Full-text · Article · Aug 2013 · Journal of the International Society of Sports Nutrition
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    • "Additionally, among people who identified themselves as "stress eaters," weight gain tended to increase over time [3]. It is also known that stress worsens insomnia, and insomnia has been linked to overweight and obesity [4,5]. Among 6,115 people, ages 32–59, comparisons were made between the weights of those who slept for a normal period of time (7–9 hours) and those who slept for shorter or longer periods of time. "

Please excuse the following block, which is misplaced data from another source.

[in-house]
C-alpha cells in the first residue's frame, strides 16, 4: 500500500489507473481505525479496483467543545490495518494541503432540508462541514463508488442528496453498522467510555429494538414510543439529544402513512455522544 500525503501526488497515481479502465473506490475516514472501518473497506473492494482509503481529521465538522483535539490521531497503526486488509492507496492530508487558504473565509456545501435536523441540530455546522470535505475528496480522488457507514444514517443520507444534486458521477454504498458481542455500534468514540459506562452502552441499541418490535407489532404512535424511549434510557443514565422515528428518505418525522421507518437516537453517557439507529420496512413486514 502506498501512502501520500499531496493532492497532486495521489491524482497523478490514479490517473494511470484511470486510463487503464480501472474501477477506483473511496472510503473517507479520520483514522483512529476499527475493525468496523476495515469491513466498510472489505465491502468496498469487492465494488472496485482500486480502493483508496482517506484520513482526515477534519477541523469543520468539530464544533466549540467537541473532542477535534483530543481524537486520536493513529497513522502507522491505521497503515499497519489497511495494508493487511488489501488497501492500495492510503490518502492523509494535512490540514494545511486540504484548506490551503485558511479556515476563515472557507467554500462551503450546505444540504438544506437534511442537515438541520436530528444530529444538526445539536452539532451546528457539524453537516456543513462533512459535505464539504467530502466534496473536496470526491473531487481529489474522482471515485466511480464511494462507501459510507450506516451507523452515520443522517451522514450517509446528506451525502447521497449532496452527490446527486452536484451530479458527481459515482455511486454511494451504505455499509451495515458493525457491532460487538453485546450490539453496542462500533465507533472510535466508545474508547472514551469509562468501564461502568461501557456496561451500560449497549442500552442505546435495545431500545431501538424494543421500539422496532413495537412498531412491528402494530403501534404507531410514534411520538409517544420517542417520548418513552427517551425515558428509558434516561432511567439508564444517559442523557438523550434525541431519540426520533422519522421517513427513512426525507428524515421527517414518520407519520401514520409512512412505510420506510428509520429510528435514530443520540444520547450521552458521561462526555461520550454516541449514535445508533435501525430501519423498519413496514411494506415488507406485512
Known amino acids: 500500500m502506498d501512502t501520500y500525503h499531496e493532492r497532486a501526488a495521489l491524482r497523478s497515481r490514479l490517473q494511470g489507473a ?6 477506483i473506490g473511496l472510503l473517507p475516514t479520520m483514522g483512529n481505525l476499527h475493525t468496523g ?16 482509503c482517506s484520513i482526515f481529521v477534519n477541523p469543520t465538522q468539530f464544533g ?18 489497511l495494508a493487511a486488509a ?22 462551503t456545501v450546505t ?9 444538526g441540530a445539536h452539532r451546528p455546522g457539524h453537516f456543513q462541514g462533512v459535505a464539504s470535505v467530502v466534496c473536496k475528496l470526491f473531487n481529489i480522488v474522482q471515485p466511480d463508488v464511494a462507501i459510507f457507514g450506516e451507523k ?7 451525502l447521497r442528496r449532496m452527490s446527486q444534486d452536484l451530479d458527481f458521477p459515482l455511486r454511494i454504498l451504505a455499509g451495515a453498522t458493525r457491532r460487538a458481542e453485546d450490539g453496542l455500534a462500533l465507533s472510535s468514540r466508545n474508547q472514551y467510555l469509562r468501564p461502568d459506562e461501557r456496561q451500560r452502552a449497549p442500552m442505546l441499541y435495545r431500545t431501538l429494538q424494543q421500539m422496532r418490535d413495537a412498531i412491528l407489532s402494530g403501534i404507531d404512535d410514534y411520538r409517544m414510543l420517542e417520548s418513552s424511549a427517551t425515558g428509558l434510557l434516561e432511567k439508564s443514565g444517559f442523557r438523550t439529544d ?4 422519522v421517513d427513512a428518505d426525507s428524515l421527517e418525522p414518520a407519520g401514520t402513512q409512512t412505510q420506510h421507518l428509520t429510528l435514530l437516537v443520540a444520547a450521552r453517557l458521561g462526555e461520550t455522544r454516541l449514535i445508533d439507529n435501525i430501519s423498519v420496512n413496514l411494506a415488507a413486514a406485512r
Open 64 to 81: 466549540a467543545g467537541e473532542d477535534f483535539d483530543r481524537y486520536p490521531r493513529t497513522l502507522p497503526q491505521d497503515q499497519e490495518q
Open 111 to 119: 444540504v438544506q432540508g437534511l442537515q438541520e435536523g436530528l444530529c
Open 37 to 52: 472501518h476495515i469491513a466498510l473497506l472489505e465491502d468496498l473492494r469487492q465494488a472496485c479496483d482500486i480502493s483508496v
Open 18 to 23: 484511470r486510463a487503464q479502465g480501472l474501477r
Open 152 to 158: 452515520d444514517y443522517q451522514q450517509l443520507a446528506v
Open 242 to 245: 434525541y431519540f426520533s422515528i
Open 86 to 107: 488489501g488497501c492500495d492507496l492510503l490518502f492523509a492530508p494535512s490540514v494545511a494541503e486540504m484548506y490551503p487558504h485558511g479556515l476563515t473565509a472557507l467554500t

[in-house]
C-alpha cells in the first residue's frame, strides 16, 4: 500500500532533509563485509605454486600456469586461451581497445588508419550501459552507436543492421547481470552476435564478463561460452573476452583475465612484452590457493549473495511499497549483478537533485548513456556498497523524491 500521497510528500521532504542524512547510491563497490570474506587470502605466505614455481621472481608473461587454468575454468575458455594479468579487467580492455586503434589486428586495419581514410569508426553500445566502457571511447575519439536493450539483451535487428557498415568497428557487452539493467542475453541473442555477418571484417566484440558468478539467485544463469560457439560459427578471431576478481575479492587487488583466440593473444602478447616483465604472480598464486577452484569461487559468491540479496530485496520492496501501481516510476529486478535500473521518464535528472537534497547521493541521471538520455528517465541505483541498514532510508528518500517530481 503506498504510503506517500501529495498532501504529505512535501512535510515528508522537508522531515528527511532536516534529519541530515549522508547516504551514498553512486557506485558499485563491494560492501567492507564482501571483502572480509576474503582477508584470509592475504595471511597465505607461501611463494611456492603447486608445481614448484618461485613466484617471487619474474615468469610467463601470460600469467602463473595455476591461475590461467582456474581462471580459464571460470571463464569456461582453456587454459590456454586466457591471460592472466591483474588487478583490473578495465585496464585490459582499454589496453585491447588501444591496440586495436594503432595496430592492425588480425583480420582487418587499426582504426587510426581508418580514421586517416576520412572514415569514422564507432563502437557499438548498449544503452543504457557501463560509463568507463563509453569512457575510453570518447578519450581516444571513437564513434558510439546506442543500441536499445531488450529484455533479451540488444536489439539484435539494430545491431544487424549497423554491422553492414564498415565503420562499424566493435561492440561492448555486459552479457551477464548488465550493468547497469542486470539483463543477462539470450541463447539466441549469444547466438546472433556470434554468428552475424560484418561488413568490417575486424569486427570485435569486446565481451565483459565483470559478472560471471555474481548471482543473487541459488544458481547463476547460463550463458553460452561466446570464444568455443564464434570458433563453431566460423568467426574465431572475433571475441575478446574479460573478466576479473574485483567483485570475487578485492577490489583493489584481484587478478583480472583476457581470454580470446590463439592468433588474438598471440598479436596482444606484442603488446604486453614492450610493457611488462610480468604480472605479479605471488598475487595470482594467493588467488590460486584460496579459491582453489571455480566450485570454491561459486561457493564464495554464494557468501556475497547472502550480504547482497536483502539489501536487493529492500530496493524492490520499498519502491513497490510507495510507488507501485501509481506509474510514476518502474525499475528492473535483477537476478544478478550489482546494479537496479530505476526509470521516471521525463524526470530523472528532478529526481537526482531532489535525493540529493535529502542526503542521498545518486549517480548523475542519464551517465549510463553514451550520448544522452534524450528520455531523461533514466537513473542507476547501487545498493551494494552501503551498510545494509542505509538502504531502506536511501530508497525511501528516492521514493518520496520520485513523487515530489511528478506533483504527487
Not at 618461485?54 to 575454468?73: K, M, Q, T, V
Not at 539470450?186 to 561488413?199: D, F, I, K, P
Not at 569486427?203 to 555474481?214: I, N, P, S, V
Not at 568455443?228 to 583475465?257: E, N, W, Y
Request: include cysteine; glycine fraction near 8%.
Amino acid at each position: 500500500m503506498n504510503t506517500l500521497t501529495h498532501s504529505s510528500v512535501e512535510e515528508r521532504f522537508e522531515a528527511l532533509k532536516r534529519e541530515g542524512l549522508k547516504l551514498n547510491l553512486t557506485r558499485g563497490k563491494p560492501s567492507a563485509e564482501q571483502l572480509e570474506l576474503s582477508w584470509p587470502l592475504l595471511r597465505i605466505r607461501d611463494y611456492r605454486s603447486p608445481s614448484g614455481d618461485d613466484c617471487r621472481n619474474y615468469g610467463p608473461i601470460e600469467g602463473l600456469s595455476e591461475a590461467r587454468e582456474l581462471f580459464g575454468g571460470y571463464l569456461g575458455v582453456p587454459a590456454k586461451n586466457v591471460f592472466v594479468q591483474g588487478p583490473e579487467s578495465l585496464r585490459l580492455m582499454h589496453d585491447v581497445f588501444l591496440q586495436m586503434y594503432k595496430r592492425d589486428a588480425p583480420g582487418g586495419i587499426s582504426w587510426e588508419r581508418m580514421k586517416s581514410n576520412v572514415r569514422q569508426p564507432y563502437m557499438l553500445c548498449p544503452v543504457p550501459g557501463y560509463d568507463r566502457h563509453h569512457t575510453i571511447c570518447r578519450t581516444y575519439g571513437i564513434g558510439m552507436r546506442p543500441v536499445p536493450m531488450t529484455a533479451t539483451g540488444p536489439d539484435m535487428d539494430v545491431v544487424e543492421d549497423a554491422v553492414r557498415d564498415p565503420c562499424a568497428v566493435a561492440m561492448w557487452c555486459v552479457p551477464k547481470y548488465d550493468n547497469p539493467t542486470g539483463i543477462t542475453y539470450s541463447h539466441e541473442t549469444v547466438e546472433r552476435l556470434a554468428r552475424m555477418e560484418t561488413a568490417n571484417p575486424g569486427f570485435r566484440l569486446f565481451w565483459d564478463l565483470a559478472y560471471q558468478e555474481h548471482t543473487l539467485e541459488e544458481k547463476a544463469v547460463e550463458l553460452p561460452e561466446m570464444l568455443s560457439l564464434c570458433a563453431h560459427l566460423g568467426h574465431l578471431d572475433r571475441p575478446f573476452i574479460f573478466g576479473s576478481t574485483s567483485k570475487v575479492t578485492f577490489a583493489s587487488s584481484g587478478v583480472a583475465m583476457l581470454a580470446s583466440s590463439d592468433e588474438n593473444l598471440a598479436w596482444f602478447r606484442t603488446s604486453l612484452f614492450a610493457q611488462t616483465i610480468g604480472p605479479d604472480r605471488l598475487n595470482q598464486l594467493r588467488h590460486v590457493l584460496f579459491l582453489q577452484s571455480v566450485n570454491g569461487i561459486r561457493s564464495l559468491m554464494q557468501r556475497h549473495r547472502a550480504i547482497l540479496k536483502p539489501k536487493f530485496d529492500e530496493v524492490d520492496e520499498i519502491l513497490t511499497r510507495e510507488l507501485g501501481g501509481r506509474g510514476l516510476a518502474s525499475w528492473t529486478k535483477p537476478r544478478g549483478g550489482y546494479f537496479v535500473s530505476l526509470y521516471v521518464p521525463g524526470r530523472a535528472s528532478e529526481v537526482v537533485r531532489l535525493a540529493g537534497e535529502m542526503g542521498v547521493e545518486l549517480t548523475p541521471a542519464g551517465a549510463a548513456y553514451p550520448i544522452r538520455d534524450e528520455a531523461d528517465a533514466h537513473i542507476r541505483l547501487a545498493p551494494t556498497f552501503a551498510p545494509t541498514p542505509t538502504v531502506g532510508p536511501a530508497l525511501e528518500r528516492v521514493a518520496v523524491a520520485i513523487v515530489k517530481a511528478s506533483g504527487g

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    ABSTRACT: Recent research has established correlations between stress, anxiety, insomnia and excess body weight and these correlations have significant implications for health. This study measured the effects of a proprietary blend of extracts of Magnolia officinalis and Phellodendron amurense (Relora) on anxiety, stress and sleep in healthy premenopausal women. This randomized, parallel, placebo controlled clinical study was conducted with healthy, overweight (BMI 25 to 34.9), premenopausal female adults, between the ages of 20 and 50 years, who typically eat more in response to stressful situations and scores above the national mean for women on self-reporting anxiety. The intervention was Relora (250 mg capsules) or identical placebo 3 times daily for 6 weeks. Anxiety as measured by the Spielberger STATE-TRAIT questionnaires, salivary amylase and cortisol levels, Likert Scales/Visual Analog Scores for sleep quality and latency, appetite, and clinical markers of safety. The study was conducted by Miami Research Associates, a clinical research organization in Miami, FL. The intent-to-treat population consisted of 40 subjects with 26 participants completing the study. There were no significant adverse events. Relora was effective, in comparison to placebo, in reducing temporary, transitory anxiety as measured by the Spielberger STATE anxiety questionnaire. It was not effective in reducing long-standing feelings of anxiety or depression as measured using the Spielberger TRAIT questionnaire. Other assessments conducted in this study including salivary cortisol and amylase levels, appetite, body morphology and sleep quality/latency were not significantly changed by Relora in comparison to placebo. This pilot study indicates that Relora may offer some relief for premenopausal women experiencing mild transitory anxiety. There were no safety concerns or significant adverse events observed in this study.